From the Feb. 7, 1964 edition of the Vineyard Gazette:

January slipped away without fuss, and most people have forgotten way back when 1964 was a new year.

As to moderation, the month may be called outstanding. The minimum recorded by the Weather Bureau thermometer at Edgartown was seven above zero on Jan. 1, and on only five days during the month did it fail to rise above the freezing mark. The highest recording for the month was 50 during the 24 hours previous to Jan. 26. On 18 days the temperature rose to 40 or higher.

The big snow began at about 4 a.m. on Jan. 13 and gave a pretty good account of itself, accumulating about 10 inches between then and the next morning. But most of the precipitation fell as rain. There were six days that could be classed as mainly rainy, though not all the other days were fair by any means.

Sunday was uncertain, with dark skies, a drizzle of rain, a snow squall, and stiff northwest wind, but the day turned out well and so did the birding. Miss Beatrice Butler records at West Chop that 50 European cormorants covered a pier. Prof. Richard S. Kirby, whose death is recorded this week, should be remembered gratefully at Ocean Heights, that oddly named and beautiful neighbor of which, as it turns out, he was a pioneer. He first visited Edgartown in 1914, and 1914 seems a late date for pioneering. Yet Ocean Heights had been established scarcely more than a decade earlier, in 1901, and the first sale of lots in any number had taken place in 1903. It was just after the turn of the century that the late Robert M. Laidlaw, a native of Scotland, bought the Jeremiah Weeks farm, and proceeded to have it laid out for development. Why he chose the name Ocean Heights will remain a mystery? There were no real heights and the water frontage was on Sengekontacket Pond with a view of the Sound, not the ocean, just beyond the outer beach.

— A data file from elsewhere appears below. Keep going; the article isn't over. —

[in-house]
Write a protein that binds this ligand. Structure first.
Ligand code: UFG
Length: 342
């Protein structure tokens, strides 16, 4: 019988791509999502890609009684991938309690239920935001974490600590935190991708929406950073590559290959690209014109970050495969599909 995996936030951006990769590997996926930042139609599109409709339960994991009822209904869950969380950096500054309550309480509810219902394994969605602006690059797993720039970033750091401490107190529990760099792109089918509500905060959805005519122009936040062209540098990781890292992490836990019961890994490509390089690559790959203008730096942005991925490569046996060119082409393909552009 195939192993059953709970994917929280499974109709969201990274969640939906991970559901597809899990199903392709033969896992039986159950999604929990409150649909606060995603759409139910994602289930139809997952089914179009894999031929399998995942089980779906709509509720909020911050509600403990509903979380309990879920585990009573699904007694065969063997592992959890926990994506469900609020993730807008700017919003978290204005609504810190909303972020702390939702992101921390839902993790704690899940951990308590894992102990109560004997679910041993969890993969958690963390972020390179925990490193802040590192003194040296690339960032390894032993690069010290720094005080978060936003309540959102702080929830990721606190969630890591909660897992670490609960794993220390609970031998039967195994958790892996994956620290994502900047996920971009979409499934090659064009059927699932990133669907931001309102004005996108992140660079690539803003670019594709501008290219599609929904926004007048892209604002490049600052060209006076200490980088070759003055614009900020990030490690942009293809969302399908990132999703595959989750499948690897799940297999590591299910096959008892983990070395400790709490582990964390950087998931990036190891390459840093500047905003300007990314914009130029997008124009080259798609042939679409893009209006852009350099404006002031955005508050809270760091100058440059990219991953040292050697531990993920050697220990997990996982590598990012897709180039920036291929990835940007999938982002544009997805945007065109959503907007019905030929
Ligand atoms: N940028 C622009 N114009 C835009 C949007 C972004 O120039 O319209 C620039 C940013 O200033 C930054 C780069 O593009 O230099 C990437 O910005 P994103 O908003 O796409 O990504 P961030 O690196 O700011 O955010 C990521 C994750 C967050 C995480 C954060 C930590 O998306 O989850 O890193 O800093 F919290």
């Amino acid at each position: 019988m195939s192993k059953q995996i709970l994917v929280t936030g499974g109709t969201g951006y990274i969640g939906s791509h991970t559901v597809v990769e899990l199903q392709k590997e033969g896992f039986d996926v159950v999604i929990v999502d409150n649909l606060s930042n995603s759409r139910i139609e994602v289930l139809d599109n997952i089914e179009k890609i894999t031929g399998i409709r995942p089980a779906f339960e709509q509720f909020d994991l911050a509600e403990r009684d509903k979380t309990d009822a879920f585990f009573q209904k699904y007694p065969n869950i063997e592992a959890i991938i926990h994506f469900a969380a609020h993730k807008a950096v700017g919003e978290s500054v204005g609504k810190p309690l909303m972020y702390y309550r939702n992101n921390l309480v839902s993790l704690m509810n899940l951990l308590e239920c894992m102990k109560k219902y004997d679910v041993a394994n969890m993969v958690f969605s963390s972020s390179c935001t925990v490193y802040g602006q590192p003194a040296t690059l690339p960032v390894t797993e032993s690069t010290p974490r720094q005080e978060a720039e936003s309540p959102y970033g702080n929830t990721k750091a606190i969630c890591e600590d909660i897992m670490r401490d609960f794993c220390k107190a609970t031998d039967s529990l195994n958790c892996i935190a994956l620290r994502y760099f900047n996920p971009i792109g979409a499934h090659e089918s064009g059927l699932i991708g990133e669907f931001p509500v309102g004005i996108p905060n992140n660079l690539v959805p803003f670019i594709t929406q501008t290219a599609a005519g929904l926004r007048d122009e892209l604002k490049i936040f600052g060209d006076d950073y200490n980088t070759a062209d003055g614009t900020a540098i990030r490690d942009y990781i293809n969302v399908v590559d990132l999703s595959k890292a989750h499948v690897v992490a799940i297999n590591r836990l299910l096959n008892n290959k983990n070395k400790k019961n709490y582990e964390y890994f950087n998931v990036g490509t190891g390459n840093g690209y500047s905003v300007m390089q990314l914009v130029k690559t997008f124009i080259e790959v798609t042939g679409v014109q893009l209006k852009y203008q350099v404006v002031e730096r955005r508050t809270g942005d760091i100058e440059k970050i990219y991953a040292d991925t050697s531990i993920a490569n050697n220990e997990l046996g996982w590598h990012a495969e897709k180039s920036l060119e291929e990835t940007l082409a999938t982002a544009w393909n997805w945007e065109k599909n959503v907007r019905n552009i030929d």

Moreover, there had been a development named Ocean Heights at Oak Bluffs in the early 1870s. This Ocean Heights had also fronted on Sengekontacket, as well as upon Farm Pond which the developers wished to rechristen Tiberias Lake. One of the Harthaven ponds was named Mahomy Lake at the same time. Presumably, Mr. Laidlaw knew nothing, or at least cared nothing, about this earlier Ocean Heights.

Street names in most of the old developments were Indian or Biblical or fanciful, but in Ocean Heights the metropolitan method of numbering the streets was followed. Eventually four Ocean Heights streets were accepted by the town: 15th, 16th, The Boulevard and Pawtucket avenue.

A sign identifying 15th street was regarded by most Island visitors as a joke; they laughed as they drove past on the old county road. But it wasn’t an intentional joke.

Professor Kirby, who had become a lover of Ocean Heights early enough in the century to use a boat for the purpose of going to Edgartown for shopping, rather than a car, was aware of the inappropriateness of the names adopted when the region was turned from farmland into a development. But it was not until 1940 that he found the time to look into more appropriate names, and to petition the town for changes.

His petition, dated Aug. 22, 1940, began: “We, the undersigned property owners in the section of town known as Ocean Heights, realizing the inappropriateness of the Ocean Heights street names, ask that your board remedy the situation by renaming certain streets: First, that the four streets recently accepted by the town be given new names, as follows: 15th street to be changed to Anthier’s Way, 16th street to be changed to Weeks Lane, after a former owner of the entire tract, The Boulevard to be changed to Sengekontacket Drive, this follows roughly along the pond shore, and Pawtucket avenue to be changed to Haystack Lane.”

The petition asked also that when other Ocean Heights streets were accepted by the town, they also be given new names with some local historical significance and be designated as ways, lanes or drives, rather than streets or avenues.

In 1952, when 11th was accepted, it was renamed Pilgrim Road, which had been a popular term applied to it.

Young Joseph Gilgen was walking his dog along the beach at Falmouth Heights the other day and came upon a piece of flotsam that was distinctly odd. It was a sign that had the words “Edgartown Reading Room” painted on it. He took it home and asked his mother just what the Edgartown Reading Room could be. “Oh, you know,” she said, “That’s the place your Aunt Josephine works in the summer.”

Sure enough, the sign, which had blown off from its pole during the big blow of mid-January and into the harbor, was guided by some whimsical fate directly into the hands of Mrs. John Bauer’s nephew on the mainland. The sign is now back in Edgartown, and before long that building down at the end of Commercial street will lose its temporary anonymity.

Compiled by Hilary Wallcox